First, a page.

Jordan Allen are an indie-rock 4 piece from Manchester, England. Over the past few years they have developed a reputation across the country as performers of big tunes on big stages. This rise through the UK music scene saw them take on one of the biggest stages in Manchester in the form of Manchester Academy 1. Their support slot with the now huge Sheffield based band The Sherlocks was set to be their biggest night yet, so, that’s where we came in.
With the Manchester Academy show being their biggest performance so far, naturally the band wanted to capture the moment forever. We were brought in with the task of documenting the band’s full day, from preparing instruments and sound gear to the excitement of coming off stage. This idea was taking the live event concept to the next level.
Recording one set-piece event is often self explanatory in its format. If you are asked to film a piece of action, you film a piece of action. Whereas the vision Jordan Allen had was bordering on a documentary style of filming. With this comes the usual challenges of capturing live events with the added extras of unpredictability and the huge scope for changes to original plans.
Plan Of Action
The shoot itself comprised of a day of filming from lunch to late evening with two camera operators. A plan was put in place that would give a loose idea of what would be done. The sporadic nature of such a shoot does not lend itself well to planning, however, some form of skeleton plan is still necessary to ensure that key moments are captured. So in this instance the plan was based around activities and ensuring sufficient quality footage of all the necessary moments. The B camera would then mop up any spontaneous, unpredicted events and happenings. This two camera set-up is crucial for capturing quality footage and moments in such an environment.
We work with a lot of musicians and it becomes clear the more shoots of this nature we undertake, certain shots stand out as the ones to aim for. Taking this case study as the example we were looking to capture; casual shots leaving the studio, travelling shots to the venue that conveyed the feel of a journey, loading gear into the venue, footage from around the venue, pre-show build up, live show and post-show reaction. This might seem like an exhaustive list, however, when narrative and time comes into a shoot it is important that the timeline stays complete to ensure a clear development through the video.
Documentary Style Filming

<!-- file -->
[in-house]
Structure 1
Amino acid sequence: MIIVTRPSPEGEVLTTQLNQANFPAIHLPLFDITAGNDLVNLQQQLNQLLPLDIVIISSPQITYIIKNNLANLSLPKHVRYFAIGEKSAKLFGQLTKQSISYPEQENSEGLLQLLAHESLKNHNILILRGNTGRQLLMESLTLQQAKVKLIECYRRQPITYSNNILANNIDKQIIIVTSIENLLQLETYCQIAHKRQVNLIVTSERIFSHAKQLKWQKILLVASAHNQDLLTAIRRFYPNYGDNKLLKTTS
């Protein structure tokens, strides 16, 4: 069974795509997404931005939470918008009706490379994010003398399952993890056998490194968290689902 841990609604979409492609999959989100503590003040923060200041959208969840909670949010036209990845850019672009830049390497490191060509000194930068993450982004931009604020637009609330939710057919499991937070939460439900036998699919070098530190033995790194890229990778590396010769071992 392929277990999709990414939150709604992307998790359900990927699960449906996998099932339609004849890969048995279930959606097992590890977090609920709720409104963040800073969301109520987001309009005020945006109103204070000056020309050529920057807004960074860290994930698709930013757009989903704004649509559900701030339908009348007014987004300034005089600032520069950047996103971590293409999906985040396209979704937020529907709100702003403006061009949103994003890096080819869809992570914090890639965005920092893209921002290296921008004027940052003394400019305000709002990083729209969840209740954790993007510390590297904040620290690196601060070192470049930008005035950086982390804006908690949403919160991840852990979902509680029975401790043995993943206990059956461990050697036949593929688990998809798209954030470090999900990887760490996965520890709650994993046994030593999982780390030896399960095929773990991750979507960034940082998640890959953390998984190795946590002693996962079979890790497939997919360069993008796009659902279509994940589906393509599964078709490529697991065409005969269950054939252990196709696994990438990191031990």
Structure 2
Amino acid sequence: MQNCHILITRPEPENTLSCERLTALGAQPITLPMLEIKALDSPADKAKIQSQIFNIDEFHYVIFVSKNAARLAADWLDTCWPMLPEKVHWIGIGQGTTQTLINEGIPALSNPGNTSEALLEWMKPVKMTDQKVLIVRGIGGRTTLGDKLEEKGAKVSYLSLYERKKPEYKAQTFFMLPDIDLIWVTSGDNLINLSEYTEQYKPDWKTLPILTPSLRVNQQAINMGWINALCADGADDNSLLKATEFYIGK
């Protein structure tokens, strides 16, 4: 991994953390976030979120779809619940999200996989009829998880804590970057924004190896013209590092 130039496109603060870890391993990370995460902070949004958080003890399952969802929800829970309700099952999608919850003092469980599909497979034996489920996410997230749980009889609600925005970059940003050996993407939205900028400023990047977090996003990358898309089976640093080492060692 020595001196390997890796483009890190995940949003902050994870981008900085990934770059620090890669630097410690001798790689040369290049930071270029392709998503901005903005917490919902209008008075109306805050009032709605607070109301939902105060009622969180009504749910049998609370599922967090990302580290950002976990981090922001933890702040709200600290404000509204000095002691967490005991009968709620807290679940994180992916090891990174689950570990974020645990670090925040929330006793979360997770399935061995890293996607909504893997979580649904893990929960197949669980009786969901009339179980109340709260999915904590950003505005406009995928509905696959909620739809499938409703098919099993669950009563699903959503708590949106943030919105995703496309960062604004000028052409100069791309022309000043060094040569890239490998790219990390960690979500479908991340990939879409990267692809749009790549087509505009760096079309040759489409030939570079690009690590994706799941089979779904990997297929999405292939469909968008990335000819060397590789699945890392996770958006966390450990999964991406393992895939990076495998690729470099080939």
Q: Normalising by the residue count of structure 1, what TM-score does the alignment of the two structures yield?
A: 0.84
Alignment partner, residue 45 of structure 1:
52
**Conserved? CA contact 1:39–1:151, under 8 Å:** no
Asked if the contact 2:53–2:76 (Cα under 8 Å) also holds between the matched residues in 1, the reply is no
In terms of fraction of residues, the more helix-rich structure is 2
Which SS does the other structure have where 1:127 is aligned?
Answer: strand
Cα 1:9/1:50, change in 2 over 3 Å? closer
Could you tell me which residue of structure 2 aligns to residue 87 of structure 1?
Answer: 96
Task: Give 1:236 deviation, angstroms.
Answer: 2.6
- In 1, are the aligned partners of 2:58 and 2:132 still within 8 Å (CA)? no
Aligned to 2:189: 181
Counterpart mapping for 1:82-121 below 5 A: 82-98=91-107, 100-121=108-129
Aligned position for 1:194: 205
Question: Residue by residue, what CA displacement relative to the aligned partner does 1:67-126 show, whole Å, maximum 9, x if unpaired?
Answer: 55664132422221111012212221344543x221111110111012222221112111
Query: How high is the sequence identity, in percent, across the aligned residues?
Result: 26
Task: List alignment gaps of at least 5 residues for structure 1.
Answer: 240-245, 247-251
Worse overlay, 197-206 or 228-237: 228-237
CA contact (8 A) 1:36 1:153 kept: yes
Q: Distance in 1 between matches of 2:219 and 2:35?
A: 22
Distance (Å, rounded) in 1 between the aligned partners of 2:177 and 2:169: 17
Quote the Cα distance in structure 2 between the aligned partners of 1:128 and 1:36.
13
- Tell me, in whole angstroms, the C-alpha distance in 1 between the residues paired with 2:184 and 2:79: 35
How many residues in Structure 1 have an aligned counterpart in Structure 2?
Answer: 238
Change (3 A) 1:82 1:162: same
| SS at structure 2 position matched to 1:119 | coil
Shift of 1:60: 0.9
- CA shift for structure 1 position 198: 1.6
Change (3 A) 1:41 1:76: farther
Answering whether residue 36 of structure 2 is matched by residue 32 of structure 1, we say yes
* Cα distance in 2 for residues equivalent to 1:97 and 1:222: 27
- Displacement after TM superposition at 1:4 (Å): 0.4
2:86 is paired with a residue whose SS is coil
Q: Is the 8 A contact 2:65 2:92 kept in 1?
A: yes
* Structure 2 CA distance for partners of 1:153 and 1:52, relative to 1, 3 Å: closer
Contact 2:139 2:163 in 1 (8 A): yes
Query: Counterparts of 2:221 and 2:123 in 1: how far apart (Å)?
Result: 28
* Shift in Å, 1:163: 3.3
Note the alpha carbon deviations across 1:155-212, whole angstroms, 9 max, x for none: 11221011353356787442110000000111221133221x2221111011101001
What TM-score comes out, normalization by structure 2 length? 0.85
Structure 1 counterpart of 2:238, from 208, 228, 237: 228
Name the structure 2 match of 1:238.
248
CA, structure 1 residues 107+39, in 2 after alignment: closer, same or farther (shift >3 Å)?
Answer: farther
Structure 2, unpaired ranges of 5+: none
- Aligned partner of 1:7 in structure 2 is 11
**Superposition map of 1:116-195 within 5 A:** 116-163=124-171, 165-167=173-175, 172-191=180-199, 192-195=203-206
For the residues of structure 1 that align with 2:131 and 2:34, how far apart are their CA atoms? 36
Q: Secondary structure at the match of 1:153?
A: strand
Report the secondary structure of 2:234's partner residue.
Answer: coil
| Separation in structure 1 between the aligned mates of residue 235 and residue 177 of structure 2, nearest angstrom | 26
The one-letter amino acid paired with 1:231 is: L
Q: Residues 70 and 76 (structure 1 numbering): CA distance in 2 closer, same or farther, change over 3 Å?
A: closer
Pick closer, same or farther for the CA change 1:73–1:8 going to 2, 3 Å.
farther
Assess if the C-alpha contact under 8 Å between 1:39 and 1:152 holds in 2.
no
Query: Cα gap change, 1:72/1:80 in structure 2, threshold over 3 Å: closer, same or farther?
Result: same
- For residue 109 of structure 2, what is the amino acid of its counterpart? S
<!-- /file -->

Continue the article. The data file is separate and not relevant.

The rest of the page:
As previously mentioned, the brief for this video developed the project onto the border of a documentary style filming. The band wanted to capture some impromptu moments to give the video a more intimate and real feel. This is where the importance of the B camera is so high. The shoot could have easily been done with one camera and all necessary footage would have been captured, however, this would have made the spontaneous clips we managed to grab that much more difficult. The B camera backs the main shooter up in the confidence that the main footage is being gathered and camera B then has the licence to film with more adventure and risk. That is exactly how the desired footage is achieved as the whole filming process plays out in a more creative environment.
The final big challenge when filming was the small task of a full live show within a full day of filming. This is where the planning is most important. Whereas the previous shots only needed mild guidance, filming a high action show straight off the back of this demands a high level of concentration and awareness of the filming environment. The stage and surrounding area had to be scouted out before the show and the crew and production team identified exactly what can be achieved, at what point it can be achieved and who would be filming what.
Challenges Of Filming Live Events
In the case of Manchester Academy 1, we were dealing with a venue that had a very large stage and held over 2500 people. Although this is a dream in many instances as it allows so much freedom on stage and provides extra angles, the logistics become all that more difficult when so much more space is available. To ensure depth was given to the video and high adrenaline action was conveyed, we identified key camera shots for the performance.
Firstly a roaming, on stage camera would offer intimacy with the band whilst also portraying the close proximity action. Secondly, footage from in front of the stage providing a view from the crowd and showing the band in all their glory. Finally, footage of the crowd’s reaction to provide that much needed atmosphere. These all combine to make a complete set of shots of a live performance.
Social Media Marketing Benefits
The final edit consisted of two main videos. Firstly a longer 90 second video that captured the day and could be used by the band internally and for PR when approaching agencies and labels etc. Secondly, a shortened social media friendly edit of 45 seconds. This is the ideal length for social media, especially on Facebook where the band saw it gather a combined 14k views over the times they shared it out. The combination of quality, professional footage of their live performance as well as the close up shots with the band made for ideal content to connect with the fans.
When it comes to promoting your act across social media, video is the number one way to do so. As seen for this example, fans love the close up nature of the video but also the professional quality portrays the level of the band. Video like this is easily sharable and attracts high levels of engagement. Not only are you left with a fantastic production that showcases your act and captures a special live moment, you have in your hands a highly effective social media marketing tool.
Want to work with Glacé Media? Contact us now to discuss how we can turn your video visions into creative realities.